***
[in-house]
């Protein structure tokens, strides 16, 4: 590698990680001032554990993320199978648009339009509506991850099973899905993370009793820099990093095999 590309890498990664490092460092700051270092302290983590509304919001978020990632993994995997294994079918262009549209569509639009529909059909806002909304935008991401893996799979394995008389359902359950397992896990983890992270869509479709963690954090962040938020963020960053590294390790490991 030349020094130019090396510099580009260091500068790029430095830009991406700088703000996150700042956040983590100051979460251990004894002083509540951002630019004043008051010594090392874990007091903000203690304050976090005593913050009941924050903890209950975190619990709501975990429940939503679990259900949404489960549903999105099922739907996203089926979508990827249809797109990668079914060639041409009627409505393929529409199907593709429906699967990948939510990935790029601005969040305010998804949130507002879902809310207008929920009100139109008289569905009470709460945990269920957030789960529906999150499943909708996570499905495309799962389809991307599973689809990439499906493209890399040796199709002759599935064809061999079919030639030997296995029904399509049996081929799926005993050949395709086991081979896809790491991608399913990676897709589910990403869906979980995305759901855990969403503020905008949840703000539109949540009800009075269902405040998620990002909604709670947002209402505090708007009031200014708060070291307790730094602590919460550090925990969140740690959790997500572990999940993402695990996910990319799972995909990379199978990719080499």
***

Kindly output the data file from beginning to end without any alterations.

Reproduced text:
[in-house]
């Protein structure tokens, strides 16, 4: 590698990680001032554990993320199978648009339009509506991850099973899905993370009793820099990093095999 590309890498990664490092460092700051270092302290983590509304919001978020990632993994995997294994079918262009549209569509639009529909059909806002909304935008991401893996799979394995008389359902359950397992896990983890992270869509479709963690954090962040938020963020960053590294390790490991 030349020094130019090396510099580009260091500068790029430095830009991406700088703000996150700042956040983590100051979460251990004894002083509540951002630019004043008051010594090392874990007091903000203690304050976090005593913050009941924050903890209950975190619990709501975990429940939503679990259900949404489960549903999105099922739907996203089926979508990827249809797109990668079914060639041409009627409505393929529409199907593709429906699967990948939510990935790029601005969040305010998804949130507002879902809310207008929920009100139109008289569905009470709460945990269920957030789960529906999150499943909708996570499905495309799962389809991307599973689809990439499906493209890399040796199709002759599935064809061999079919030639030997296995029904399509049996081929799926005993050949395709086991081979896809790491991608399913990676897709589910990403869906979980995305759901855990969403503020905008949840703000539109949540009800009075269902405040998620990002909604709670947002209402505090708007009031200014708060070291307790730094602590919460550090925990969140740690959790997500572990999940993402695990996910990319799972995909990379199978990719080499």